Thursday, June 18, 2009


So after daily sending in my resume to different potential jobs, taking personality tests as a result, sitting through various styles of interviews, explaining that I am a quick learner but no, I didn't have French... I caved and sent a short message to a landscaping company this Tuesday afternoon and I was working Wednesday morning. There are aspects of the landscaping culture that I appreciate. I can survive and even thrive in a world where they care more about seeing how you work than interviewing and looking at a limited list of your accomplishments/deeds. Thinking about it, all the jobs that I have held I have not had to have even one interview. I have always been hired before even meeting my bosses. I feel much more comfortable being able to get to work and show how I can adjust and work well rather than try to be assertive and tell people that I am a hard-worker. Because even if it is true, I find that as soon as I am forced to toot my own horn either I am not forward enough and downplay myself too much or I feel as though I am lying about my abilities. Either way I'm sure I don't come across very well.

Anyway, yes I am back at landscaping. I am enjoying being outside and working with plants to the same extent as I did in my last job but unfortunately (as I suspected) it is not even to be compared to my last job on any other front. Thankfully the people with whom I work are all friendly so far but nothing like the fellowship I had with Marc and Chris and Jan will be found. I remember always being happy when Marc would repeat how we won't cut grass but there's more to it than avoiding a boring job--this crew cuts grass and are grass cutters. Everyone else who worked with Marc (me excluded) had at least a horticulture diploma (and often other forms of education) whereas here the expert on the horticulture aspect of things apparently sat in on a few classes but doesn't have his diploma. He knows what he's doing and I don't want to be snooty and say people need to have degrees before I'll speak to them but there often is an attitude that comes with education and a love of learning that I forgot was not possessed by all and sundry. Thankfully, however, I can come back home at night and will be sure to be refreshed in a congenial atmosphere. That is, if I can stay awake enough to soak it in at all...

Monday, June 15, 2009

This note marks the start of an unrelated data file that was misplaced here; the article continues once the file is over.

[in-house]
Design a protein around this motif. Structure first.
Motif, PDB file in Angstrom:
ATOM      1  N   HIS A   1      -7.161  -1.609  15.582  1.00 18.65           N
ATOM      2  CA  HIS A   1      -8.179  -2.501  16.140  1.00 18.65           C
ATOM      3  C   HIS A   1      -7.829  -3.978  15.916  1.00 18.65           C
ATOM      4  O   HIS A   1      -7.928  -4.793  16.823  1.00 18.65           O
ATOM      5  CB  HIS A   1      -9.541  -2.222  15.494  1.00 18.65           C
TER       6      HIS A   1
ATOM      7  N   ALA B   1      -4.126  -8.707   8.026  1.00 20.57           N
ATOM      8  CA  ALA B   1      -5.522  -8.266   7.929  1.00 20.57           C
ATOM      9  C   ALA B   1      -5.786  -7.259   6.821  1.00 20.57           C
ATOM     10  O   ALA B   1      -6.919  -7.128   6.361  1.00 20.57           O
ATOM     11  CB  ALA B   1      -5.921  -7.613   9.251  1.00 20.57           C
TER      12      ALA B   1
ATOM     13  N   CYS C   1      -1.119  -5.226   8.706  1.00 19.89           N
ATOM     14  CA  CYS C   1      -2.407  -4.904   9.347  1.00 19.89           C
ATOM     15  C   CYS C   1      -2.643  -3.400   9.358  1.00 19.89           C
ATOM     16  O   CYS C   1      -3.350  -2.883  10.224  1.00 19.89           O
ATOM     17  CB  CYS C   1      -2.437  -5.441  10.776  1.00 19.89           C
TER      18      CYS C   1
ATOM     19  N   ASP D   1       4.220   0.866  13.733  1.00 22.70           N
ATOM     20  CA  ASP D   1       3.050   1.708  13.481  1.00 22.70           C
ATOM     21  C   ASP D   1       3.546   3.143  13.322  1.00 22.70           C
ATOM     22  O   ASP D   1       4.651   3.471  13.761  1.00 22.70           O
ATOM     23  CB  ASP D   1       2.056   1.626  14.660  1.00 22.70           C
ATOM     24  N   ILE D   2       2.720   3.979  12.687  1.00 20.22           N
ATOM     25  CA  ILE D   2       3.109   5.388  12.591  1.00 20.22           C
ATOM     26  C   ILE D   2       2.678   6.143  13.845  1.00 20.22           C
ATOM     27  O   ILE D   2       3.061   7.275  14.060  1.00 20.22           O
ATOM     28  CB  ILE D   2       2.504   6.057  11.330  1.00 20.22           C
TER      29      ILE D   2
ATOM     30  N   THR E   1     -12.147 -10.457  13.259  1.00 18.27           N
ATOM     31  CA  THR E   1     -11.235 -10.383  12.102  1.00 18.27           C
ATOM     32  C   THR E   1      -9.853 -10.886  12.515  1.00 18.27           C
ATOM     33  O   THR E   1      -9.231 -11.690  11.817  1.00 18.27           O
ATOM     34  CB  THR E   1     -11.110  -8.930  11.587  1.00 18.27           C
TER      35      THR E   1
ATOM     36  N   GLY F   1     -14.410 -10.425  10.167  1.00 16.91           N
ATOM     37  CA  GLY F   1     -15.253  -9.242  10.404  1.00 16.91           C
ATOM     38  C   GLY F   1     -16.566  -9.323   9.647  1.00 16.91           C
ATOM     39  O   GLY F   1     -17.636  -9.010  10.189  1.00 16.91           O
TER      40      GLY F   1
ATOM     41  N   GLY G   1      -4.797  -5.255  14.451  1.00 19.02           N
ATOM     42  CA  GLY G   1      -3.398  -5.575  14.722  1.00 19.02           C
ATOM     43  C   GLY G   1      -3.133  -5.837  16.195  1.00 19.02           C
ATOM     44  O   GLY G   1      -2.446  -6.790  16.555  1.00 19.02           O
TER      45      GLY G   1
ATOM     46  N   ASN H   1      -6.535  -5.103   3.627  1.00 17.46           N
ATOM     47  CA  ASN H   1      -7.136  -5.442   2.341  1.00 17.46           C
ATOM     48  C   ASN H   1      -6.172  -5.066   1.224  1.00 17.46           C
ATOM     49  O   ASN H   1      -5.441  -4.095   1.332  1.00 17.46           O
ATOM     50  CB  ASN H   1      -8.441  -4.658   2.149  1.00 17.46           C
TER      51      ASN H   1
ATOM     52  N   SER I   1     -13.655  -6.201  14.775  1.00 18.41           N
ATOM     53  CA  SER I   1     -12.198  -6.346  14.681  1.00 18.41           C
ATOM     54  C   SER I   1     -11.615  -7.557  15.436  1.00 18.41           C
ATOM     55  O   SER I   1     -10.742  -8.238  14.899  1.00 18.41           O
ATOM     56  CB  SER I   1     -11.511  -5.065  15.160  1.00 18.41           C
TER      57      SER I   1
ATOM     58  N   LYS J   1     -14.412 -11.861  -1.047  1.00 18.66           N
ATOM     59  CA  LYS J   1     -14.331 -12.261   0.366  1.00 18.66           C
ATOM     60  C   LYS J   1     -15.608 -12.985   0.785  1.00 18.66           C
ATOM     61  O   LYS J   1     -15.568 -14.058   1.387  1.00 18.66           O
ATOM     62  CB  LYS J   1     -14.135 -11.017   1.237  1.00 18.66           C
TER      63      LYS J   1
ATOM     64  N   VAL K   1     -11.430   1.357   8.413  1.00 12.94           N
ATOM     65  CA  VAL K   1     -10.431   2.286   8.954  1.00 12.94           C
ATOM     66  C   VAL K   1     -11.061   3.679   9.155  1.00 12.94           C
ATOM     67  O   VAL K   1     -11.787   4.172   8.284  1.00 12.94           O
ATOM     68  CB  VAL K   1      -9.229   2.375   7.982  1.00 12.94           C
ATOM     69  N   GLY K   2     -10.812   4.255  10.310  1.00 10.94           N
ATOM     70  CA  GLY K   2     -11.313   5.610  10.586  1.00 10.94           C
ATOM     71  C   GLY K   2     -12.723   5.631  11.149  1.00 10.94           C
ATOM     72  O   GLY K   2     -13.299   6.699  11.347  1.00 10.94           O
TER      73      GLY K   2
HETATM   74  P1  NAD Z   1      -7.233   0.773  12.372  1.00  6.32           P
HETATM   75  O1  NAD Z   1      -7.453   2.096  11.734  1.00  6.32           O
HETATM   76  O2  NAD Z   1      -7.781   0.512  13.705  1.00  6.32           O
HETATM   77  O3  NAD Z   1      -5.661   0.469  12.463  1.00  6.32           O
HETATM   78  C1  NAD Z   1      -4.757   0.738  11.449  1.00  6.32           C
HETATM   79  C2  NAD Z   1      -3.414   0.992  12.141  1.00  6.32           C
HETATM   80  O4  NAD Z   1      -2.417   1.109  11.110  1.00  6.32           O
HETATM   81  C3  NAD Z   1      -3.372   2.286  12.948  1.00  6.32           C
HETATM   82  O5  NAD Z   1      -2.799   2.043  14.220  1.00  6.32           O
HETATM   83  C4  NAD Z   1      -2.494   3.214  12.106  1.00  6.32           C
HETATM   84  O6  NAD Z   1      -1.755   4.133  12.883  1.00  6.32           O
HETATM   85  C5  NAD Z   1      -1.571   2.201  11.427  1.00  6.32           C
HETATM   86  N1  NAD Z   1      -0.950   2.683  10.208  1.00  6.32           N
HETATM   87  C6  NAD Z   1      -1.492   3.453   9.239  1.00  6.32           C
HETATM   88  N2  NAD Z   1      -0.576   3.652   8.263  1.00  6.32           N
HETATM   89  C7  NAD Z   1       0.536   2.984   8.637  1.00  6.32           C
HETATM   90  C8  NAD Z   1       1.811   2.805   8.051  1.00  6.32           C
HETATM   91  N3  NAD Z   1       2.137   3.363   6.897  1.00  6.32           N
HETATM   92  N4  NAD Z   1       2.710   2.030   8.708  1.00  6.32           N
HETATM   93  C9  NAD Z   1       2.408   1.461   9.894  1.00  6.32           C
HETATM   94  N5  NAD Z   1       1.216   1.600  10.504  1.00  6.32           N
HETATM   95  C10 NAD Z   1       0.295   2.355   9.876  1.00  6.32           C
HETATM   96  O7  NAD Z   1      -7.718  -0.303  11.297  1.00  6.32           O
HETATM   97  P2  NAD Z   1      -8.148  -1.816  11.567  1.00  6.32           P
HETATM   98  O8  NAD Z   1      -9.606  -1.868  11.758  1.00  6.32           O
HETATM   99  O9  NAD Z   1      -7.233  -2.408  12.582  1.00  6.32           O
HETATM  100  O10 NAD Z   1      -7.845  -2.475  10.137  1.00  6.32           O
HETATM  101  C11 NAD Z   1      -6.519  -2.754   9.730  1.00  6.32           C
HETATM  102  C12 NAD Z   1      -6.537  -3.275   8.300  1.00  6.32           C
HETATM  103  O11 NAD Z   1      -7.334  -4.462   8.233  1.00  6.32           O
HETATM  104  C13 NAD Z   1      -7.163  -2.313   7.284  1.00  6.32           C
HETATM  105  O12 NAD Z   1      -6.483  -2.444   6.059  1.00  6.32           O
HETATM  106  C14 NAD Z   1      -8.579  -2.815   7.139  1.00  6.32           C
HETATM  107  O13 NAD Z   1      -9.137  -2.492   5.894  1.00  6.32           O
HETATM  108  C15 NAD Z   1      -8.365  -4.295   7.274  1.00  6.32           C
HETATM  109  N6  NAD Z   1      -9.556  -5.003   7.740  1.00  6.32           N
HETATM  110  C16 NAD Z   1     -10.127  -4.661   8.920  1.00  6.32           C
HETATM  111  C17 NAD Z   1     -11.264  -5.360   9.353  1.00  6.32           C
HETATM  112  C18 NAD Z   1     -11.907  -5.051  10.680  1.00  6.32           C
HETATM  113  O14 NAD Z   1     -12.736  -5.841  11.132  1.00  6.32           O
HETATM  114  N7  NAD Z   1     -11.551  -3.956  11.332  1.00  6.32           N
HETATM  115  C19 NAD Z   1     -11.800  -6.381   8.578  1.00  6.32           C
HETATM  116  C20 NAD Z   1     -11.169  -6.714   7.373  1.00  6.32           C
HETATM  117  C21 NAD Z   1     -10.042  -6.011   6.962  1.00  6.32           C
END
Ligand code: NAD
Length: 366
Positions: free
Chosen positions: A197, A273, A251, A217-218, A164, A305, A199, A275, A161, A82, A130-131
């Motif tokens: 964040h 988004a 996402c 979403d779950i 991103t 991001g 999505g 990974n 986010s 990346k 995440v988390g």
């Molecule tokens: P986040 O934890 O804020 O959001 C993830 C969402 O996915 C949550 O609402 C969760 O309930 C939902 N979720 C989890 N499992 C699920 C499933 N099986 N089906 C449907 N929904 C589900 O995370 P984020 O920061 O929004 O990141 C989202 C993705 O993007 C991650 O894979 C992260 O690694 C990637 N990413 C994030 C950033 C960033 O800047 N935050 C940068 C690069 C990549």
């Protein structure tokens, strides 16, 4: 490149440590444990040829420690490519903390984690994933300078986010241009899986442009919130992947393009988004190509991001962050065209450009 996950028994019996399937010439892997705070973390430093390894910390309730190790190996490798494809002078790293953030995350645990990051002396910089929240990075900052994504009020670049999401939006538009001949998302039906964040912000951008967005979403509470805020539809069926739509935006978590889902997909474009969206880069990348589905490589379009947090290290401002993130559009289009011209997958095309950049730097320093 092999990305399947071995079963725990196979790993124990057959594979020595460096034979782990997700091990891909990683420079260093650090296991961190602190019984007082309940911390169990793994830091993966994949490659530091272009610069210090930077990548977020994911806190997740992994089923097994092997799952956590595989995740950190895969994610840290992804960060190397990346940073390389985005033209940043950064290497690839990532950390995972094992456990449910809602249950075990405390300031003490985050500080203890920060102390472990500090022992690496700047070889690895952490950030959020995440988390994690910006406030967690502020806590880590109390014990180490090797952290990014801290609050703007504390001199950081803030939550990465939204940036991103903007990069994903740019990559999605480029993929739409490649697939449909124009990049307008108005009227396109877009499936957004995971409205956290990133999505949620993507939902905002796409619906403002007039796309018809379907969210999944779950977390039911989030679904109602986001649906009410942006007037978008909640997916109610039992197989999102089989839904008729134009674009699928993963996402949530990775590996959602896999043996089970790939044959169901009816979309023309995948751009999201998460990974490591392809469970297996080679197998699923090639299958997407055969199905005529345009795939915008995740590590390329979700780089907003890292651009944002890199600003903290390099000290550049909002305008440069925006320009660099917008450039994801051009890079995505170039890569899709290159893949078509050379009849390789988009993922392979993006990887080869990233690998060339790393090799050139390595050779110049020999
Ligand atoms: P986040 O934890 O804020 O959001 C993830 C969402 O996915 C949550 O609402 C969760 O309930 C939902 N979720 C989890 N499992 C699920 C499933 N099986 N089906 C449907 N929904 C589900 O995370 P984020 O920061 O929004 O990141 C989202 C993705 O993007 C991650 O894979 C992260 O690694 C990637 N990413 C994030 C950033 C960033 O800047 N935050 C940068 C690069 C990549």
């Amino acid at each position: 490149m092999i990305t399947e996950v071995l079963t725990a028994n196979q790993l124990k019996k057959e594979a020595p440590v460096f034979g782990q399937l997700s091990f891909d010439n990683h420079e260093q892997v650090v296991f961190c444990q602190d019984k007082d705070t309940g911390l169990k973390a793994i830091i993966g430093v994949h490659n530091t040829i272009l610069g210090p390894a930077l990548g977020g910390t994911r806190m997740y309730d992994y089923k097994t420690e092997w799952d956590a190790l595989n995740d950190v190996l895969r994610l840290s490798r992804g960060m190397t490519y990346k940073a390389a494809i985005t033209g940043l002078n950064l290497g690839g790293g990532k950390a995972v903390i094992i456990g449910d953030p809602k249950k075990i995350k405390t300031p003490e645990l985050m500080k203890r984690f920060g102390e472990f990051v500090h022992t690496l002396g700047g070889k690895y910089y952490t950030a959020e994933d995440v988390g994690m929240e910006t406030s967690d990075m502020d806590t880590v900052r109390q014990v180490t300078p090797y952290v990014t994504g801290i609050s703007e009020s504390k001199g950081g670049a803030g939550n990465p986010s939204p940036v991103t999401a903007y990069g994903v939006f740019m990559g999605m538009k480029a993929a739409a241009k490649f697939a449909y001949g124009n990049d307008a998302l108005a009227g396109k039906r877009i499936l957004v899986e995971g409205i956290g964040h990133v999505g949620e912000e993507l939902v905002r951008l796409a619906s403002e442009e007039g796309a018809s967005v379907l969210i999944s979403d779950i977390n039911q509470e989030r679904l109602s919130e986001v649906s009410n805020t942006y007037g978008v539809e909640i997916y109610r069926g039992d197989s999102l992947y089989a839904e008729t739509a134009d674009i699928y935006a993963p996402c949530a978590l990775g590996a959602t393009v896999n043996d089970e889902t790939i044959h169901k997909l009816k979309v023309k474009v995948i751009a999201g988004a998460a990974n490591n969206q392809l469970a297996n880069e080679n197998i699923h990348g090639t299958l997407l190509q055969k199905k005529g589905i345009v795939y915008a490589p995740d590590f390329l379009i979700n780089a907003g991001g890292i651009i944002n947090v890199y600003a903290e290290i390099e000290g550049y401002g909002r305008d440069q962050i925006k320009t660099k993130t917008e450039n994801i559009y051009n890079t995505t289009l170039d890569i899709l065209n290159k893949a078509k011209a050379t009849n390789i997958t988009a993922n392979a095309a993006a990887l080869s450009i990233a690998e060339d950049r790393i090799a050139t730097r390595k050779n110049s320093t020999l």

I was sitting outside reading this afternoon and the first sign I had that the roses were finally blooming was the scent wafting over the breeze to me.

I haven't taken pictures recently. Unfortunately this weekend (the first I've made it home in a while) I forgot to bring my camera. This is particularly unfortunate because the gardens are at their peak in many ways at our house this time of year. The lupins in particular are spectacular (an adjective not always applied to our gardens) right now and I am sorry not to have caught them on film. But we must work with what we have and so I have taken a few pictures of the roses in the garden here in Ottawa.

Tuesday, June 09, 2009

fading to yellow


When I finished reading James Hogg's Confessions of a Justified Sinner I decided that I should read Thomas De Quincey's Confessions of an English Opium Eater to follow a bit of a theme and perhaps compare the two (a friend suggested that I should perhaps read the shopaholic confessions also but we'll see about that). Of course there are differences: De Quincey's confessions are autobiographical while Hogg's twist from one narration of supernatural events to another also De Quincey seeks to explain how he turned to the wrong while the protagonist (if he may be called that) in Hogg's book will at no time admit himself to be anything but righteous. In fact it may turn out to be easier to list similarities than differences between these two books.

What I found and find most difficult within the reading process itself about these two books is their lack of chapters or chapter-like divisions within the texts. The Justified Sinner has breaks at each new narrative but they are far enough apart that it gives no real sense of being able to stop at a good point, while the writing and subject matter do not hold up well to prolonged reading sessions (unless one wishes to get it over quickly).